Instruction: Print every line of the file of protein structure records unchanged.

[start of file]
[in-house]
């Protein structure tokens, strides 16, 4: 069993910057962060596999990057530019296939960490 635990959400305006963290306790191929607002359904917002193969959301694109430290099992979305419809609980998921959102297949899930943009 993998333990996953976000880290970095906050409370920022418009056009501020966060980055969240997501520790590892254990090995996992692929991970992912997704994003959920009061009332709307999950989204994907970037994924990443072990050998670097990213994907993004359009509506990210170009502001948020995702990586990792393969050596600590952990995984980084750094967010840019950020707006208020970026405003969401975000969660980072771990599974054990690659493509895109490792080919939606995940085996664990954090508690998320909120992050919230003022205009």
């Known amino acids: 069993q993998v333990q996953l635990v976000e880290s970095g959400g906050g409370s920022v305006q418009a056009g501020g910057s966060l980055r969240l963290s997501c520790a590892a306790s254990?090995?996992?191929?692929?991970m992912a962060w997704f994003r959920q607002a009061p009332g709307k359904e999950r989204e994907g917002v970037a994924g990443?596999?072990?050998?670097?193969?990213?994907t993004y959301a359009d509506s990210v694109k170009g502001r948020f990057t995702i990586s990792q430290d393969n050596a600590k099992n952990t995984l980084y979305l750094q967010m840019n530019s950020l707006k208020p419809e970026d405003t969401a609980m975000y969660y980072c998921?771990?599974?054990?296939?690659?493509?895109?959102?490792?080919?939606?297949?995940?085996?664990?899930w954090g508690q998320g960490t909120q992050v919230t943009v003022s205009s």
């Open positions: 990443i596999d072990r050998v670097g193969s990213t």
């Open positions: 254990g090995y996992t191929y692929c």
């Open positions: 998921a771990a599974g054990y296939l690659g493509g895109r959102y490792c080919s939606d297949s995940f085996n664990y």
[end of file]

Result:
[in-house]
């Protein structure tokens, strides 16, 4: 069993910057962060596999990057530019296939960490 635990959400305006963290306790191929607002359904917002193969959301694109430290099992979305419809609980998921959102297949899930943009 993998333990996953976000880290970095906050409370920022418009056009501020966060980055969240997501520790590892254990090995996992692929991970992912997704994003959920009061009332709307999950989204994907970037994924990443072990050998670097990213994907993004359009509506990210170009502001948020995702990586990792393969050596600590952990995984980084750094967010840019950020707006208020970026405003969401975000969660980072771990599974054990690659493509895109490792080919939606995940085996664990954090508690998320909120992050919230003022205009």
């Known amino acids: 069993q993998v333990q996953l635990v976000e880290s970095g959400g906050g409370s920022v305006q418009a056009g501020g910057s966060l980055r969240l963290s997501c520790a590892a306790s254990?090995?996992?191929?692929?991970m992912a962060w997704f994003r959920q607002a009061p009332g709307k359904e999950r989204e994907g917002v970037a994924g990443?596999?072990?050998?670097?193969?990213?994907t993004y959301a359009d509506s990210v694109k170009g502001r948020f990057t995702i990586s990792q430290d393969n050596a600590k099992n952990t995984l980084y979305l750094q967010m840019n530019s950020l707006k208020p419809e970026d405003t969401a609980m975000y969660y980072c998921?771990?599974?054990?296939?690659?493509?895109?959102?490792?080919?939606?297949?995940?085996?664990?899930w954090g508690q998320g960490t909120q992050v919230t943009v003022s205009s």
């Open positions: 990443i596999d072990r050998v670097g193969s990213t």
């Open positions: 254990g090995y996992t191929y692929c």
């Open positions: 998921a771990a599974g054990y296939l690659g493509g895109r959102y490792c080919s939606d297949s995940f085996n664990y």